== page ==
FOXCATCHER Channing Tatum says filming Foxcatcher was a big challenge and never wants to wrestle again!

Based on true events, FOXCATCHER tells the dark and fascinating story of Olympic Wrestling Champion Mark Schultz and how paranoid schizophrenic millionaire John DuPont killed his brother, Olympic Champion Dave Schultz.

When Olympic Gold Medal winning wrestler Mark Schultz (Channing Tatum) is invited by wealthy heir John du Pont (Steve Carell) to move on to the du Pont estate and help form a team to train for the 1988 Seoul Olympics at his new state-of-the-art training facility, Schultz jumps at the opportunity, hoping to focus on his training and finally step out of the shadow of his revered brother, Dave (Mark Ruffalo).

“Mark was always that little brother that just couldn’t break out, couldn’t figure out how to do it on his own,” says Tatum. “He always had to rely on Dave, and this kept him from having his own life, his own career, and the thing he wanted most—his own respect from people.

But du Pont is not all that he seems. Driven by hidden needs, du Pont, played spectacularly by Carell, sees backing Mark his chance to achieve greatness by putting together a world-class wrestling team as an opportunity to gain the elusive respect of his peers and, more importantly, his disapproving mother (Vanessa Redgrave).

Flattered by the attention and entranced by du Pont’s majestic world, Mark comes to see his benefactor as a father figure and grows increasingly dependent on him for approval. Though initially supportive, du Pont’s mercurial personality turns and he begins to lure Mark into an unhealthy lifestyle that threatens to undermine his training. Soon du Pont’s erratic behavior and cruel psychological game-play begin to erode the athlete’s already shaky self-esteem. Meanwhile du Pont becomes fixated on Dave, who exudes the confidence both he and Mark lack, knowing that these are things even his money cannot buy. Fueled by du Pont’s increasing paranoia and alienation from the brothers, the trio is propelled towards a tragedy a deadly path.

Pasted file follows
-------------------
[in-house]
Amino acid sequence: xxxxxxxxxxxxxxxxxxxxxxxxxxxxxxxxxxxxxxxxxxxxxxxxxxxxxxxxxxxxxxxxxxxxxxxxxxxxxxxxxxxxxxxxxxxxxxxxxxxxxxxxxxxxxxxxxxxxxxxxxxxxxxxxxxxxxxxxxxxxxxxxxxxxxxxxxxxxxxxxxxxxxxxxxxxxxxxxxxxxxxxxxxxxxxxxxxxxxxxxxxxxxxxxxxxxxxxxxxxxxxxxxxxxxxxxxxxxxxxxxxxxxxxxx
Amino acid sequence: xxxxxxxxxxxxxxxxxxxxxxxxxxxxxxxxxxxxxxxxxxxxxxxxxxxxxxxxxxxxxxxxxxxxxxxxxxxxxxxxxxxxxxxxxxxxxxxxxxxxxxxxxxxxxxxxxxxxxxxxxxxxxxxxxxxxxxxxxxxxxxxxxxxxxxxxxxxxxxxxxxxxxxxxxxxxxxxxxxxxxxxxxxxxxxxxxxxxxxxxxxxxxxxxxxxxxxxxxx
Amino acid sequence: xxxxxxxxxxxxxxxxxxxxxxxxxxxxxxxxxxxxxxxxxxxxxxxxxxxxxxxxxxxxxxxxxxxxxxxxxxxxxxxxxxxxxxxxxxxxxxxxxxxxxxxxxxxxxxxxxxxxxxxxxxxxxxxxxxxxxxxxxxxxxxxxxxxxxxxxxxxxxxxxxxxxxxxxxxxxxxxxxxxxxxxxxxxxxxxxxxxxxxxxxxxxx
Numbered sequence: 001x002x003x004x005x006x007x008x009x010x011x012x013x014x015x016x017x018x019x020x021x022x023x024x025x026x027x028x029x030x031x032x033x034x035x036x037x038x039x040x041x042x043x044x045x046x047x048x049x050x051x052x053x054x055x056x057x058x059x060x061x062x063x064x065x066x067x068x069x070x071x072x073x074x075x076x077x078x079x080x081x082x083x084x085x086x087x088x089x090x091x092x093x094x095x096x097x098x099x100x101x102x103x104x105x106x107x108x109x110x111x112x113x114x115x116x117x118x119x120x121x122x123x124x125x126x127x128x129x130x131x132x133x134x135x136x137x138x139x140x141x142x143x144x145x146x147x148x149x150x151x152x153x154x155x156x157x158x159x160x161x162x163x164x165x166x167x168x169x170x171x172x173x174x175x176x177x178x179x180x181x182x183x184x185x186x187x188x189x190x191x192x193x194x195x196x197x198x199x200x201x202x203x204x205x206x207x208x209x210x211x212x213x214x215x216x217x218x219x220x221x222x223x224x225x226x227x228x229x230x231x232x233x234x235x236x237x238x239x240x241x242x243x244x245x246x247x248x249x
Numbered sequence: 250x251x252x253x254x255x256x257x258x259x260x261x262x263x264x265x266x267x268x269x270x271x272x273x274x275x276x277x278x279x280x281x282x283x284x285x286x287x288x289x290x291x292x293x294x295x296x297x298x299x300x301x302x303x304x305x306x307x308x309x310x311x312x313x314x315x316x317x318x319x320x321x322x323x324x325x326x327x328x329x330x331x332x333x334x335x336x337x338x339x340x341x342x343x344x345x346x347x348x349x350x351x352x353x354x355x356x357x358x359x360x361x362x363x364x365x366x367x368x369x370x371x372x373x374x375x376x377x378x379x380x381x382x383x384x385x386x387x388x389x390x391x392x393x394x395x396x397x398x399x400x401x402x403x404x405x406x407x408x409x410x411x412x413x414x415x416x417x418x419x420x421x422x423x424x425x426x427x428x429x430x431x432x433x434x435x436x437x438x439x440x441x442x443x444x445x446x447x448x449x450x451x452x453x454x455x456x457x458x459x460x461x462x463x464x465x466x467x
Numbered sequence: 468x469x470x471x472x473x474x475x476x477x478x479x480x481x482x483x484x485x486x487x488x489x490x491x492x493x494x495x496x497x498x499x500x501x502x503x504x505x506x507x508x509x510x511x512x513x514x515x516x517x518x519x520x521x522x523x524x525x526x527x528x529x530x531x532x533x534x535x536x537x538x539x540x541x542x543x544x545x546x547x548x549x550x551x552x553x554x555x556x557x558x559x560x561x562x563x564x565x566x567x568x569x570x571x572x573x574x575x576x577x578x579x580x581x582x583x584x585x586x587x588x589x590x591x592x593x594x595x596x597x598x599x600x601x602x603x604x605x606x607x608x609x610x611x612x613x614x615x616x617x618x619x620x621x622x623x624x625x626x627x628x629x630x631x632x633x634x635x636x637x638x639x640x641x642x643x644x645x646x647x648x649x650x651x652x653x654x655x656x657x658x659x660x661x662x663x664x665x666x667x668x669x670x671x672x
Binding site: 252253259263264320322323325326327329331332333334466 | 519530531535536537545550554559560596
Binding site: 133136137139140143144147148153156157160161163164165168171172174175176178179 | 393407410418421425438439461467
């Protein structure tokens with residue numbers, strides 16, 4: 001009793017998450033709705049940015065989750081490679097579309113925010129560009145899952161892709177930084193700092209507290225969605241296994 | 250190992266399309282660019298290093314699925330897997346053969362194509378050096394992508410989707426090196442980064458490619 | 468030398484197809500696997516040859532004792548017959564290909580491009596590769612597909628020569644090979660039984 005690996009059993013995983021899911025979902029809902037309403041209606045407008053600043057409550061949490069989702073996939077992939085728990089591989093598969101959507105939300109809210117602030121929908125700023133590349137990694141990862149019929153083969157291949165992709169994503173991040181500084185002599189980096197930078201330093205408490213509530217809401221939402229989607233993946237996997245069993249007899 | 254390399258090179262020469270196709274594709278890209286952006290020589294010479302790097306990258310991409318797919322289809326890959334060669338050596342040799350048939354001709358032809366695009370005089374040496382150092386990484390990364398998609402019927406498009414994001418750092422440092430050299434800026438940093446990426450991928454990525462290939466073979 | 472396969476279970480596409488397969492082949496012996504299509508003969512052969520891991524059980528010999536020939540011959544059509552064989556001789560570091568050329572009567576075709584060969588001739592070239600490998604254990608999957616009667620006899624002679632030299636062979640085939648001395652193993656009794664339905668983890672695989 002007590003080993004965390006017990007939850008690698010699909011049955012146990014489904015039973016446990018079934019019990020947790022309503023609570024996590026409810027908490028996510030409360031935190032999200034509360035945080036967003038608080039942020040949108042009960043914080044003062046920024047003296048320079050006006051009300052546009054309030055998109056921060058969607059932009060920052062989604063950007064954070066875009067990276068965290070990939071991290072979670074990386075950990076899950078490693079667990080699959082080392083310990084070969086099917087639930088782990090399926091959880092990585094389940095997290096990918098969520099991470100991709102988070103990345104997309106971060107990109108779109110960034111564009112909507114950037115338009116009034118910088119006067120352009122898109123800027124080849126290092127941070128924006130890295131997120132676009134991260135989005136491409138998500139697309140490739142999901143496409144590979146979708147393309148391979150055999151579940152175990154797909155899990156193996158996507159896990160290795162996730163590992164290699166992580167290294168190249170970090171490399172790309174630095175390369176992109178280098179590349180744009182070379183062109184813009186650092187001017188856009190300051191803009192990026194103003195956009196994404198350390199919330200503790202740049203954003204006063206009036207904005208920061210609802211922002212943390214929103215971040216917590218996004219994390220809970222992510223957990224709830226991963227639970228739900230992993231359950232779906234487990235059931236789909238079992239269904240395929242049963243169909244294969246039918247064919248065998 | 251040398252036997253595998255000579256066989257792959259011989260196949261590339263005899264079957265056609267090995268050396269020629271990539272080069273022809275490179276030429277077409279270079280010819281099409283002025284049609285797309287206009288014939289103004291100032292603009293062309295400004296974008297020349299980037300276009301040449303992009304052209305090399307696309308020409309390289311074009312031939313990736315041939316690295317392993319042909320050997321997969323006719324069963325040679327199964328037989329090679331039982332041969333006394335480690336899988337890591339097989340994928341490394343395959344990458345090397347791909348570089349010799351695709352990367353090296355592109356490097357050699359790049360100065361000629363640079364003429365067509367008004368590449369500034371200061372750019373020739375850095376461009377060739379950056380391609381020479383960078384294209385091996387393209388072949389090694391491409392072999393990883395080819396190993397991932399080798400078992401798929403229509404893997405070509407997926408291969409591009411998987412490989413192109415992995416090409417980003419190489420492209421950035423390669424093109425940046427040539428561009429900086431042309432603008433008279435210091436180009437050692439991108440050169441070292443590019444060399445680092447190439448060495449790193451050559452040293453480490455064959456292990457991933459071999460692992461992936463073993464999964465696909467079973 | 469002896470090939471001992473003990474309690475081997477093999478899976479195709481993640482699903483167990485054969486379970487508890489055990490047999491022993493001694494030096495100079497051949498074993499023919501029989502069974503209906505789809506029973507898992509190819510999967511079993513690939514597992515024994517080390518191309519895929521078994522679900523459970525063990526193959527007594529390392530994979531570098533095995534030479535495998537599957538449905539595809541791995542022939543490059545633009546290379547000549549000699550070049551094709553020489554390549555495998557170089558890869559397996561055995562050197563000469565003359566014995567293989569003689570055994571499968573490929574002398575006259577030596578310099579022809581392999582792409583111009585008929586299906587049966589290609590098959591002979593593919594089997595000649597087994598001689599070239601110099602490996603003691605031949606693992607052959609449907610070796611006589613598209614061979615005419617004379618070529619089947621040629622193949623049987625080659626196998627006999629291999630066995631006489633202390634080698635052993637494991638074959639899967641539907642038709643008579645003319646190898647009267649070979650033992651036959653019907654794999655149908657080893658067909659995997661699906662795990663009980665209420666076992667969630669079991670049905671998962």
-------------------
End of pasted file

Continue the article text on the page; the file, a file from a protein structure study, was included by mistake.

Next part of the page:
“I think Mark had a lot of trepidations,” says Tatum. “I don’t think he really trusts anyone. But finally he is hearing somebody see him and Dave the way he thinks they deserve. Du Pont is saying that the brothers are heroes. They literally fight for their country and no one supports them, no one cares about them like he does. I don’t think Mark knew completely but I think he slowly started to see that this was the best opportunity he had ever been given. This is the opportunity for him to finally get the attention, respect and accolades that he’s always wanted, and to separate himself from Dave.”

Not only did Tatum immerse himself into the character by learning the movements and personality of Mark, he had to learn to wrestle. “”Wrestling, it’s an intimate thing, even though it’s super violent. You have to be comfortable being basically naked and wrestling. It’s weird. From an outsider’s perspective it looks very homosexual. I’ve gotten that a lot. And I always say, ‘Come on and try it out. You’ll see how non homosexual that is.’ And I don’t know what that’s like, even. But I can’t imagine it’s very much like that. It’s too painful. It’s chess, but a violent chess. I challenge anyone who thinks their sport is harder to come and try it. This has been the most painful movie I have ever done. I never want to wrestle again.”

And with the real life Mark Schultz the only one around on set made it more nerve wracking for Tatum to get things just right. “It was hard for Mark to watch and to have a real perspective on the movie because he only has what happened in real life to go from,” says Tatum. “Having him there was unbelievably helpful at times, in terms of the information that was given, but then other times it was definitely confusing trying to separate Mark’s real life emotions with what my job was to play him in the film.”

“Knowing that this stuff is real gives it another level of gravity. Even if the movie is good, if you’re not honest to it, you’re failing somehow. I think all of us would just roll over and die if we felt like we had failed.”

With all the Oscar-buzz surrounding this film and the exceptional performance by Tatum and his co-stars Steve Carell and Mark Ruffalo, something tells us they did something just right.


Foxcatcher (TIFF 2014 selection) stars Channing Tatum, Mark Ruffalo, Sienna Miller, Steve Carell, Vanessa Redgrave, and opens in theatres on November 28.




—Toni-Marie Ippolito

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